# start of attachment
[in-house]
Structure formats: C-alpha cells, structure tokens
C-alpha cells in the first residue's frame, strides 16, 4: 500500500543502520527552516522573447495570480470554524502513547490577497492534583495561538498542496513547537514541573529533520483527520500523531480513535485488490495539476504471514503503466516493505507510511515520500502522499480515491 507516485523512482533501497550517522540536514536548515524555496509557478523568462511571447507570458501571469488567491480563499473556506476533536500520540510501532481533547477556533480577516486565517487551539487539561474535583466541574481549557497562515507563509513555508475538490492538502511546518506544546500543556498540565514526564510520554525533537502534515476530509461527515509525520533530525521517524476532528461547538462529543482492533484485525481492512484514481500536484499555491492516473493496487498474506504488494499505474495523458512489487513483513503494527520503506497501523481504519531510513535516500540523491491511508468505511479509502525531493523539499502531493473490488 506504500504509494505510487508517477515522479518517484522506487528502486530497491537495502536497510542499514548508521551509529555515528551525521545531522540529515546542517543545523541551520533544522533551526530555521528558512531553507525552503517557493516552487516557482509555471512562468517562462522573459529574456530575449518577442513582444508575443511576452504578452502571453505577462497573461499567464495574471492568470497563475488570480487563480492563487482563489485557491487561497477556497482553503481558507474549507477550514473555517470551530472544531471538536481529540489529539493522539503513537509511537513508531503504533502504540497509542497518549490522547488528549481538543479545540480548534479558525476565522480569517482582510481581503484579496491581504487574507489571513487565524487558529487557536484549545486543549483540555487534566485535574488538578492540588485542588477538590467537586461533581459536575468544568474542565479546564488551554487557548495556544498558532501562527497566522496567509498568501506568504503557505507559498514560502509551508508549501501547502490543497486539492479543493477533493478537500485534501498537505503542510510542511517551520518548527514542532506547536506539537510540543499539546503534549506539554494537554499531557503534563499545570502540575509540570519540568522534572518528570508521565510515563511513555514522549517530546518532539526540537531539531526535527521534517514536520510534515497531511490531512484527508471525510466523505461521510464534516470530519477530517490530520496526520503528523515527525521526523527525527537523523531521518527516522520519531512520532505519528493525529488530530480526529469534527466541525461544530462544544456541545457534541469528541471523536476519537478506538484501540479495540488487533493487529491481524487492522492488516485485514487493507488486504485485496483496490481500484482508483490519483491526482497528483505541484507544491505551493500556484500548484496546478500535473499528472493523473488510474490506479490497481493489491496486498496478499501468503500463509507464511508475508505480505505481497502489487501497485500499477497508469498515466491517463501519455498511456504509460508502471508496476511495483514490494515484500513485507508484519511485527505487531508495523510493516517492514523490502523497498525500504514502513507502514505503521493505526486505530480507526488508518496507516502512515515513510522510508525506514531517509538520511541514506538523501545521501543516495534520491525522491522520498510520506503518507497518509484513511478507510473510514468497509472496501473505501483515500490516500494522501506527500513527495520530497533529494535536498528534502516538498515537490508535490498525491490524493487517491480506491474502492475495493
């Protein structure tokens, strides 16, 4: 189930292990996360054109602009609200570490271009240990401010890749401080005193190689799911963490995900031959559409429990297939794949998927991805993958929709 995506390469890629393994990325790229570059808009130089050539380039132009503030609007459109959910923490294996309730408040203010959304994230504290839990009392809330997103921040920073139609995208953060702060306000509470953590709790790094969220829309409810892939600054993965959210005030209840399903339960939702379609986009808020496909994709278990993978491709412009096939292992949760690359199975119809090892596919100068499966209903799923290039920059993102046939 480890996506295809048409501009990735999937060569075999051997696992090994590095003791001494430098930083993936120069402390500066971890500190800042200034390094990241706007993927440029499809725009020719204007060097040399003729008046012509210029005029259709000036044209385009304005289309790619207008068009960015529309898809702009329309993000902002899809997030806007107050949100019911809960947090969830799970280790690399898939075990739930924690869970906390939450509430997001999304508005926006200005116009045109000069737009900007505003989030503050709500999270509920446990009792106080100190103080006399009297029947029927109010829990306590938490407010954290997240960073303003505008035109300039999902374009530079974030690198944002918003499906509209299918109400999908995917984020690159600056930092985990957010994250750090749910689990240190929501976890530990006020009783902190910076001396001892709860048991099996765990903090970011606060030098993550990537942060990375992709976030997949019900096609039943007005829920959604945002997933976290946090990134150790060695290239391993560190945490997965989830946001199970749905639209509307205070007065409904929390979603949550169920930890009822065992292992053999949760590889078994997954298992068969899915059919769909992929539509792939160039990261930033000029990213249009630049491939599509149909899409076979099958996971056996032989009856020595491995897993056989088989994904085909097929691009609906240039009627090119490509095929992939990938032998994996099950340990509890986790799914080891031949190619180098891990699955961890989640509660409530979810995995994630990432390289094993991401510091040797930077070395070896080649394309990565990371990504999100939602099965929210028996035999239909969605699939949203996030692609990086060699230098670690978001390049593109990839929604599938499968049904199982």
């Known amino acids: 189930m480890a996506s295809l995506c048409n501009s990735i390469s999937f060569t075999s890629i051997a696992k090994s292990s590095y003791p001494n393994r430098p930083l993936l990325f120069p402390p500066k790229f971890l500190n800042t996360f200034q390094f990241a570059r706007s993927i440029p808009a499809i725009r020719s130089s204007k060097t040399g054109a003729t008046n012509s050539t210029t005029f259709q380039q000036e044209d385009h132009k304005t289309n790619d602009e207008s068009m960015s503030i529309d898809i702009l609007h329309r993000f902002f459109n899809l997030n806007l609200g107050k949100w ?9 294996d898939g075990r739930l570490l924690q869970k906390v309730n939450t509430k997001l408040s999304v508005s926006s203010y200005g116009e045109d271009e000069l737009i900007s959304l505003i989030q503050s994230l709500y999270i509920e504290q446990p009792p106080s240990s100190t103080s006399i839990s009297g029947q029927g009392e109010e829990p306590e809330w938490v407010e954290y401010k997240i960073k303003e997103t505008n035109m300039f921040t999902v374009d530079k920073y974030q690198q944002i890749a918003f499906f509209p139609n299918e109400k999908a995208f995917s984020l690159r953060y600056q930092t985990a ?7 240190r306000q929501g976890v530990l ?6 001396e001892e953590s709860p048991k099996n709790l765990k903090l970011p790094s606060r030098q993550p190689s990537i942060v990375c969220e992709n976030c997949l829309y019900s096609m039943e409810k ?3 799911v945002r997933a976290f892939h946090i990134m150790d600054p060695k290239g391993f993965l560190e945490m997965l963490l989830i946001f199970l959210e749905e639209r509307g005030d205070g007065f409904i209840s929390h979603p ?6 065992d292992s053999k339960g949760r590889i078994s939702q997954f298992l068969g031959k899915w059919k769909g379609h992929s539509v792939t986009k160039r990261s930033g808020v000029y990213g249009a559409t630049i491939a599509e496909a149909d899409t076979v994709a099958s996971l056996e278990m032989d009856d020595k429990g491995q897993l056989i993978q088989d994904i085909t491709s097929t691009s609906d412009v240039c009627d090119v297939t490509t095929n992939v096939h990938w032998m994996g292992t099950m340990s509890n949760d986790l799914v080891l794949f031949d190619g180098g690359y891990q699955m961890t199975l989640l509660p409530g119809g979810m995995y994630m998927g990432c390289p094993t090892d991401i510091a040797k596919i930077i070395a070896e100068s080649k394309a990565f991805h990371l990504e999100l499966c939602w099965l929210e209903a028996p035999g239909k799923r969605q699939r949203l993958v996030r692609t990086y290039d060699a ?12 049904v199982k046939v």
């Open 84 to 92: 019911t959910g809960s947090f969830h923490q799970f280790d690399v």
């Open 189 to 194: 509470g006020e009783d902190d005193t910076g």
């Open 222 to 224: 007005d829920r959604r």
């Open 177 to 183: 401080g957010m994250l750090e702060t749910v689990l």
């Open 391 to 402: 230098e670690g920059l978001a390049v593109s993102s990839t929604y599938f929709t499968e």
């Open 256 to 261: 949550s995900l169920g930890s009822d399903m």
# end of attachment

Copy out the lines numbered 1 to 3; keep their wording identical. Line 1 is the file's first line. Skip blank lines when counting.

[in-house]
Structure formats: C-alpha cells, structure tokens
C-alpha cells in the first residue's frame, strides 16, 4: 500500500543502520527552516522573447495570480470554524502513547490577497492534583495561538498542496513547537514541573529533520483527520500523531480513535485488490495539476504471514503503466516493505507510511515520500502522499480515491 507516485523512482533501497550517522540536514536548515524555496509557478523568462511571447507570458501571469488567491480563499473556506476533536500520540510501532481533547477556533480577516486565517487551539487539561474535583466541574481549557497562515507563509513555508475538490492538502511546518506544546500543556498540565514526564510520554525533537502534515476530509461527515509525520533530525521517524476532528461547538462529543482492533484485525481492512484514481500536484499555491492516473493496487498474506504488494499505474495523458512489487513483513503494527520503506497501523481504519531510513535516500540523491491511508468505511479509502525531493523539499502531493473490488 506504500504509494505510487508517477515522479518517484522506487528502486530497491537495502536497510542499514548508521551509529555515528551525521545531522540529515546542517543545523541551520533544522533551526530555521528558512531553507525552503517557493516552487516557482509555471512562468517562462522573459529574456530575449518577442513582444508575443511576452504578452502571453505577462497573461499567464495574471492568470497563475488570480487563480492563487482563489485557491487561497477556497482553503481558507474549507477550514473555517470551530472544531471538536481529540489529539493522539503513537509511537513508531503504533502504540497509542497518549490522547488528549481538543479545540480548534479558525476565522480569517482582510481581503484579496491581504487574507489571513487565524487558529487557536484549545486543549483540555487534566485535574488538578492540588485542588477538590467537586461533581459536575468544568474542565479546564488551554487557548495556544498558532501562527497566522496567509498568501506568504503557505507559498514560502509551508508549501501547502490543497486539492479543493477533493478537500485534501498537505503542510510542511517551520518548527514542532506547536506539537510540543499539546503534549506539554494537554499531557503534563499545570502540575509540570519540568522534572518528570508521565510515563511513555514522549517530546518532539526540537531539531526535527521534517514536520510534515497531511490531512484527508471525510466523505461521510464534516470530519477530517490530520496526520503528523515527525521526523527525527537523523531521518527516522520519531512520532505519528493525529488530530480526529469534527466541525461544530462544544456541545457534541469528541471523536476519537478506538484501540479495540488487533493487529491481524487492522492488516485485514487493507488486504485485496483496490481500484482508483490519483491526482497528483505541484507544491505551493500556484500548484496546478500535473499528472493523473488510474490506479490497481493489491496486498496478499501468503500463509507464511508475508505480505505481497502489487501497485500499477497508469498515466491517463501519455498511456504509460508502471508496476511495483514490494515484500513485507508484519511485527505487531508495523510493516517492514523490502523497498525500504514502513507502514505503521493505526486505530480507526488508518496507516502512515515513510522510508525506514531517509538520511541514506538523501545521501543516495534520491525522491522520498510520506503518507497518509484513511478507510473510514468497509472496501473505501483515500490516500494522501506527500513527495520530497533529494535536498528534502516538498515537490508535490498525491490524493487517491480506491474502492475495493